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Last Updated : Apr 21, 2020 12:09 PM IST | Source: Moneycontrol.com

What does the fall in oil prices mean for Indian equities

Energy stocks have 12.5 percent weightage in the Nifty50 and 15.2 percent in the Sensex.

In what was perhaps the wildest, unprecedented swing in the financial market since COVID-19 broke out, US oil prices crashed to a record low falling in the negative territory for the first time.

The price on the futures contract for West Texas Intermediate (WTI) fell to negative $37.63 a barrel, a one-day drop of $55.90, or 306 percent, according to Dow Jones Market Data.

Yes, buyers actually got money from sellers to take contracts off their hands!


Oil prices spiralled out of control primarily due to the steep collapse in demand as life came to a standstill due to lockdown in various countries to curb the spread of COVID-19. The Russia, OPEC price war added even more crude inventory to an already oversupplied market.

So, what does this mean for equities?

The fall in oil prices generally augurs well for the D-Street as India imports the commodity in huge quantities and lower prices mean lower trade deficit and lower inflation.

Energy stocks constituted 12.5 percent of Nifty50 and about 15.2 percent of the Sensex, until 2019.

Higher crude prices adversely affect tyre manufacturers, footwear, lubricants, paints, and airline companies. A fall in oil prices will drive production cost lower and stock prices higher.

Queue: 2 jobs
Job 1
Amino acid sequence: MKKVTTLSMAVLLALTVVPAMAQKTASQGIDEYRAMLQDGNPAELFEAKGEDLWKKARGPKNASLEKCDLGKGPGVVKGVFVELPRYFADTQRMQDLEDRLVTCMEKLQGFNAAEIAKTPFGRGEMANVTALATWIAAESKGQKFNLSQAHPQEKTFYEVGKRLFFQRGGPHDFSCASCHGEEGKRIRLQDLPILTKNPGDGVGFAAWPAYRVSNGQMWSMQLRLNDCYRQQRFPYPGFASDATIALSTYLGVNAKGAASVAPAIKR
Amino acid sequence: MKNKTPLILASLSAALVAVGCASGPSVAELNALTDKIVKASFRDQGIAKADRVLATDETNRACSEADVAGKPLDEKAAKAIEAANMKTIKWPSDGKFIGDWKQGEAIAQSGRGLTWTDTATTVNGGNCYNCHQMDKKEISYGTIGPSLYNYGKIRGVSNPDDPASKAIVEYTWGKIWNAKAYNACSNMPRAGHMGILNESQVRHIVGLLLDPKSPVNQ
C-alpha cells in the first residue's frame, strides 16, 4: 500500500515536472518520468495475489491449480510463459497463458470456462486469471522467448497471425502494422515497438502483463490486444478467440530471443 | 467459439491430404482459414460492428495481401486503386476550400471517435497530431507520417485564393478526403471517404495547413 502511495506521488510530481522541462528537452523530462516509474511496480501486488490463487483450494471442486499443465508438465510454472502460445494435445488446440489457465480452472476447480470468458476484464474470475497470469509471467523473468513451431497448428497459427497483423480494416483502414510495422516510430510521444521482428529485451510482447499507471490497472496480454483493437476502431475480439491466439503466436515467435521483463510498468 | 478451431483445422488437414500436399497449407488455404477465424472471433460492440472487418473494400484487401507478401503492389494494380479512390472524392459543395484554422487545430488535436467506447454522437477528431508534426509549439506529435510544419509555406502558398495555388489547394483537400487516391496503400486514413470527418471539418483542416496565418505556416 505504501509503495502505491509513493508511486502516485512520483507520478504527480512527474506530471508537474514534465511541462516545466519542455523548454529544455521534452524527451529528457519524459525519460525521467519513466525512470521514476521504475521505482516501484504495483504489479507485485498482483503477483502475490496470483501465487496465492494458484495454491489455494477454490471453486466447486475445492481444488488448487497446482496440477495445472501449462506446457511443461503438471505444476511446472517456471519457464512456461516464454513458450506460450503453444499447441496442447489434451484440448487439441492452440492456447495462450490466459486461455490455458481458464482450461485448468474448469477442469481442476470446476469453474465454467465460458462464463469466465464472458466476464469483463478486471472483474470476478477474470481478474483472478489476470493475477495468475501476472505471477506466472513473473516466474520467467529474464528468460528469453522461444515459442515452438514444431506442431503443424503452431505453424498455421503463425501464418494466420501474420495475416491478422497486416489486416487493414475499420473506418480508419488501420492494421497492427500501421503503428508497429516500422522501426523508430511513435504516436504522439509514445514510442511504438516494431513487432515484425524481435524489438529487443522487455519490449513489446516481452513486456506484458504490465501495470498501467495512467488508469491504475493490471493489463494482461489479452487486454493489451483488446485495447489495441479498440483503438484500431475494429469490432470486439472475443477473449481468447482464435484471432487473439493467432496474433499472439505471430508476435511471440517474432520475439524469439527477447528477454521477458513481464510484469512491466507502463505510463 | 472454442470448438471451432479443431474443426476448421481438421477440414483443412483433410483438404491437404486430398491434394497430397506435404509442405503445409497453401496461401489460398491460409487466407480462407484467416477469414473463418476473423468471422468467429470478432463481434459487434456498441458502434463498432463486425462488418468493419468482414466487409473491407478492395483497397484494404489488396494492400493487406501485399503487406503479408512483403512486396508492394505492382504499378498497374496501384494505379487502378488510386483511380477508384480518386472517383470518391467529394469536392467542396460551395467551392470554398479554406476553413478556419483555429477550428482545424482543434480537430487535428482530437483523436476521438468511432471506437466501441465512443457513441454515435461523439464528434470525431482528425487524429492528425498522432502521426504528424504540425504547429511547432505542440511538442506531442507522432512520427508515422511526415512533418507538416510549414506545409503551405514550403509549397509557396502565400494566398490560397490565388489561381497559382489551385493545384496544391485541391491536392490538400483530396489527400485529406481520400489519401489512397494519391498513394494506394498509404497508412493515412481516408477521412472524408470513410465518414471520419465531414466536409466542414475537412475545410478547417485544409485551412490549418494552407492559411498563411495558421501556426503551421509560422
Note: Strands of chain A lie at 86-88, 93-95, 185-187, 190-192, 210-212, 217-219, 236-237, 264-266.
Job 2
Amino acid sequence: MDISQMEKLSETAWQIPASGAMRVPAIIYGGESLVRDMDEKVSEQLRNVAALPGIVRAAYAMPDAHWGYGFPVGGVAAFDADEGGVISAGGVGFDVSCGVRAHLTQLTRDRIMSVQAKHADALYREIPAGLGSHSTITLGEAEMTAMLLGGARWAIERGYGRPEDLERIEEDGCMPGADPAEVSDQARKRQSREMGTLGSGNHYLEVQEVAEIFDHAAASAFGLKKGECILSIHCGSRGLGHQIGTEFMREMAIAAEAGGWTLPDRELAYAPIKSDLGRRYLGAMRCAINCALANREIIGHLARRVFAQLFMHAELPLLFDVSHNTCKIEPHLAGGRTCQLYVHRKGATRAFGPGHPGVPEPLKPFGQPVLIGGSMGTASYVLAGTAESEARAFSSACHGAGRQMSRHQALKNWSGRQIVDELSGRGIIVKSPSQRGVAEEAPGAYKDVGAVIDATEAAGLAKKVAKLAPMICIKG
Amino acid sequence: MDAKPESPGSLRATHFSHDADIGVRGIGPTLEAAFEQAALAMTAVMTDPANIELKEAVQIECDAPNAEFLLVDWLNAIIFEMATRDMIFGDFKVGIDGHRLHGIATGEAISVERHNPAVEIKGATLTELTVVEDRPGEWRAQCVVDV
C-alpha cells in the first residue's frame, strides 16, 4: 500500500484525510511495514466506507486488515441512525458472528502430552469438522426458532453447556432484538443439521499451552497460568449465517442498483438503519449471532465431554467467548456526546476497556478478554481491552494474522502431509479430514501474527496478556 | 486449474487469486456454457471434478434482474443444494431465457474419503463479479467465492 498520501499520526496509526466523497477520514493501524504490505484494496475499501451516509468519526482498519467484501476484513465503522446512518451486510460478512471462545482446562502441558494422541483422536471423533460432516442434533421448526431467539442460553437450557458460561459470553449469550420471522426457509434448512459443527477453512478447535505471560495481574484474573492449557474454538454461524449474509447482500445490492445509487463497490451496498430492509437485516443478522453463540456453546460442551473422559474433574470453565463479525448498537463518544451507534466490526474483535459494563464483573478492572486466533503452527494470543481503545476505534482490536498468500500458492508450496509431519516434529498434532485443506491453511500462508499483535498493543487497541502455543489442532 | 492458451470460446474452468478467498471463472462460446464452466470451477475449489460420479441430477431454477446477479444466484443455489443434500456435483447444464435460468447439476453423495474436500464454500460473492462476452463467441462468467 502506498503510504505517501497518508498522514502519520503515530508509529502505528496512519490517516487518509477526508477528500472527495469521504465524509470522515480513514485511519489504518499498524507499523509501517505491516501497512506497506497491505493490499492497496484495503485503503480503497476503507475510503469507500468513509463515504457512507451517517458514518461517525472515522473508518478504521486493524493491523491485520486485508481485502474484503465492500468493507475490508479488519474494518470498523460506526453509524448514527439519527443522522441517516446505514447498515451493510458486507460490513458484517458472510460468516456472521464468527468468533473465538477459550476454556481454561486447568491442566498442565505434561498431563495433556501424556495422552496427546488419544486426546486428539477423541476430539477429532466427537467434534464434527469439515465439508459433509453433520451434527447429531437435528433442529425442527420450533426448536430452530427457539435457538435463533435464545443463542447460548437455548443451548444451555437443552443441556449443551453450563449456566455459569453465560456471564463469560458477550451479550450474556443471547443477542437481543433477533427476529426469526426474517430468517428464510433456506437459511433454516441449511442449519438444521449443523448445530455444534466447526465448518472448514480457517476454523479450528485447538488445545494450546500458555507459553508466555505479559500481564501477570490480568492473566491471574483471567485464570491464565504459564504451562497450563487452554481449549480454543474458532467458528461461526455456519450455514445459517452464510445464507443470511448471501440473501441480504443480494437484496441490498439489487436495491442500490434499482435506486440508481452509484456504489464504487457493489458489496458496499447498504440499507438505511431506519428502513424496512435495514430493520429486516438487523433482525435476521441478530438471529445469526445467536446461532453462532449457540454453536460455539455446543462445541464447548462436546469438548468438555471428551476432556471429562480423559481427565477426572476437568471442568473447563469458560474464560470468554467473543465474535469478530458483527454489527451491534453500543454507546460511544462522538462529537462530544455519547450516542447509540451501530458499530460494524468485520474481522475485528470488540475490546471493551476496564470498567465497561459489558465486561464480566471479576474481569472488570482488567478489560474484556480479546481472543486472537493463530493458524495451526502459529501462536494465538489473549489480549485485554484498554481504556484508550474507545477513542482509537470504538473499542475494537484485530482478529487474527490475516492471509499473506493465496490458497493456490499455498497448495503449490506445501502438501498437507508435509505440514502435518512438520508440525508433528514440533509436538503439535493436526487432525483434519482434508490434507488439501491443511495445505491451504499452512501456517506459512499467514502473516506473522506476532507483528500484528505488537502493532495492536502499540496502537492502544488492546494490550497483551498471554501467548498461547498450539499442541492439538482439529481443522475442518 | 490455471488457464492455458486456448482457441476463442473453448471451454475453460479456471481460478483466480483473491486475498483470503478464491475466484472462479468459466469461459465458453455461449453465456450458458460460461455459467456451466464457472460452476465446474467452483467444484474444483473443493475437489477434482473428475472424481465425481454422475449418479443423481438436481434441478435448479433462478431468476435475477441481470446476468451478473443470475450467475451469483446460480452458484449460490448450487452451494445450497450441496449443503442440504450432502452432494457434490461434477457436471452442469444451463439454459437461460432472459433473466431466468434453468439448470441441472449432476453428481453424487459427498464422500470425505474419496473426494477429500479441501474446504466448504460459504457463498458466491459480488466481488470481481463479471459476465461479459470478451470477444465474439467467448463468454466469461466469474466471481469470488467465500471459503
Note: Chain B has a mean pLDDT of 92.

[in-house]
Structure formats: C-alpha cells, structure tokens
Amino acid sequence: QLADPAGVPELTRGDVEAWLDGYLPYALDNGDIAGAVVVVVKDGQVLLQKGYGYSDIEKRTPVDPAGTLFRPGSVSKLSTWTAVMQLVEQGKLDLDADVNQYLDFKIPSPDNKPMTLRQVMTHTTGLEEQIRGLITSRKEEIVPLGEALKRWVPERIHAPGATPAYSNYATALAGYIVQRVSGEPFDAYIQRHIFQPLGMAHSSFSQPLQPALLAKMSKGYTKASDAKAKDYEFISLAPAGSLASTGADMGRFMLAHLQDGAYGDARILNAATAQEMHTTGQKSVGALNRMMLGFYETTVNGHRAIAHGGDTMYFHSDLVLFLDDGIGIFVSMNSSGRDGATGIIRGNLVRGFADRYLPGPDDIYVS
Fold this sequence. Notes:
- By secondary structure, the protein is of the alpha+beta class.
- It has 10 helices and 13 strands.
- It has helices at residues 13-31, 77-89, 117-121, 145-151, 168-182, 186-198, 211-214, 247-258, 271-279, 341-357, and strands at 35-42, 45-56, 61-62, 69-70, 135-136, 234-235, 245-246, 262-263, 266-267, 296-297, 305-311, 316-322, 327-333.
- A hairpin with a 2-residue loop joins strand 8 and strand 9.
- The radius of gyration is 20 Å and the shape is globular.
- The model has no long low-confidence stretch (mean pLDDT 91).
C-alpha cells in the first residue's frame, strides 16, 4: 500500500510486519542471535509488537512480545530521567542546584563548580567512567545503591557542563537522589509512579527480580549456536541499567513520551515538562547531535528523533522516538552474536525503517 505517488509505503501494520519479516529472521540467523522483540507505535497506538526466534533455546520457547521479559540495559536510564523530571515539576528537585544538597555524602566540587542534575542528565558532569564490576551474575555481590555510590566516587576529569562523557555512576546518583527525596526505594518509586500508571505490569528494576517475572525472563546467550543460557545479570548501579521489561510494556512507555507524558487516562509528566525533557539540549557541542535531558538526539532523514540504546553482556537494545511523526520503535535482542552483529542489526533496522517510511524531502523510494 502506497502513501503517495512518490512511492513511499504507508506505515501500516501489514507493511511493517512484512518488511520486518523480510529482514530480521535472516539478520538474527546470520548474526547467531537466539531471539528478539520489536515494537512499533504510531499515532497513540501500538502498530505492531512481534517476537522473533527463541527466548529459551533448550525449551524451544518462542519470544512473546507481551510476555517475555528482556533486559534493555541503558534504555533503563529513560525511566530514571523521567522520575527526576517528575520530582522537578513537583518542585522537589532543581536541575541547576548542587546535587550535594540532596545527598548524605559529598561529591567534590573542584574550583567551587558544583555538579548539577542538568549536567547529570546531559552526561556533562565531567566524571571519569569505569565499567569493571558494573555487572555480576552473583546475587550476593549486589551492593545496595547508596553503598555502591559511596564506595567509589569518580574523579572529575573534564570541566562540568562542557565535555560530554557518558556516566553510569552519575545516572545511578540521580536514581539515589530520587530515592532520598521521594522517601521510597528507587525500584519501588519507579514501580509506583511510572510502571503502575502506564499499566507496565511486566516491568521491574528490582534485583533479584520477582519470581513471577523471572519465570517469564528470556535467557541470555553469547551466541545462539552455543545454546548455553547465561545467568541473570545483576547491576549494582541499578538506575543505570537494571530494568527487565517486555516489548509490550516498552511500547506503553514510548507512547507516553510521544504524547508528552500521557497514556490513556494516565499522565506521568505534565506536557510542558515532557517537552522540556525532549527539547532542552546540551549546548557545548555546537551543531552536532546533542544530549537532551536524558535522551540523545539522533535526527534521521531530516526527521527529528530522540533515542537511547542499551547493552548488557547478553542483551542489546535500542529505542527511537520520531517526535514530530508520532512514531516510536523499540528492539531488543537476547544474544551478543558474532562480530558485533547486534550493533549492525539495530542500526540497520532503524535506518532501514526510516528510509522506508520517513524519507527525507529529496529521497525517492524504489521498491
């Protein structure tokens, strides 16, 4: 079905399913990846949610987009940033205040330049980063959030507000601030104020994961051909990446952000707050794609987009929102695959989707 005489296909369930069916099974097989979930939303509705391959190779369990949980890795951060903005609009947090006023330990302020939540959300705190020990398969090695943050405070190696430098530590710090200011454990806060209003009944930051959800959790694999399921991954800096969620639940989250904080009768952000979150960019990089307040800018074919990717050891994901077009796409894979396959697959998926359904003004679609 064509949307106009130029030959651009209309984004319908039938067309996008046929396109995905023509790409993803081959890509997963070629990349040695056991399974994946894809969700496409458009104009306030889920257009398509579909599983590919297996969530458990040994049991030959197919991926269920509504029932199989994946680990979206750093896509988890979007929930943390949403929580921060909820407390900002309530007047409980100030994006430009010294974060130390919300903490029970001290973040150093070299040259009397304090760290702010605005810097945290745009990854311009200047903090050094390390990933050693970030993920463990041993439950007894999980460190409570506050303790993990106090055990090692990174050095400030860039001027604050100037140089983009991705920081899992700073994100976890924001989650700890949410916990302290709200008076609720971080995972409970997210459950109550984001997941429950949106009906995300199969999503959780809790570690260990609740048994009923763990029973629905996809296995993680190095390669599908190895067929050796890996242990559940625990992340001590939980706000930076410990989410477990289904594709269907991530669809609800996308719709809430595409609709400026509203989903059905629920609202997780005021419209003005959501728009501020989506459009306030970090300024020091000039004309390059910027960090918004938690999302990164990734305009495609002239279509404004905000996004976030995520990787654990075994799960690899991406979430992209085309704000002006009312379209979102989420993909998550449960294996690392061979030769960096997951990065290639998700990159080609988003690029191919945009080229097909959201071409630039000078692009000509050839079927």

If the fall in crude actually translates into lower petrol and diesel prices, the transportation cost will come down significantly, further driving up profits for the companies. According to Kotak Securities, consumer durables could be the biggest beneficiary of the fall.

"Consumer durables are manufactured in industrial units and then sold in various cities across India. A fall in the logistics cost of these goods will bring down their final price. A fall in prices of consumer goods raises its demand and thus its stock price," the brokerage noted.

It will also decrease India's Current Account Deficit (CAD) as the country is among the largest importers in the world, buying three-fourths of its oil needs.

"Every U$10/bbl increase in oil price leads to a 0.55% or 55 bps increase in the current account deficit. Therefore, a fall in the price of crude oil will have a positive impact on India’s current account deficit situation. Lower CAD will mean reduced stress on foreign currency outflows," said Kotak.

"This, in turn, may lead to rupee appreciation. If the value of rupee appreciates, the imports become cheaper. This will affect the companies who depend on import crude oil and other raw materials, for their business. The price of stocks of these companies will thus experience a rise," it added.

According to the brokerage, it will also keep the inflation in check. Inflation is often perceived negatively by investors. Thus, a comparatively lower inflation level will be beneficial for the stock market, it noted.
First Published on Apr 21, 2020 09:50 am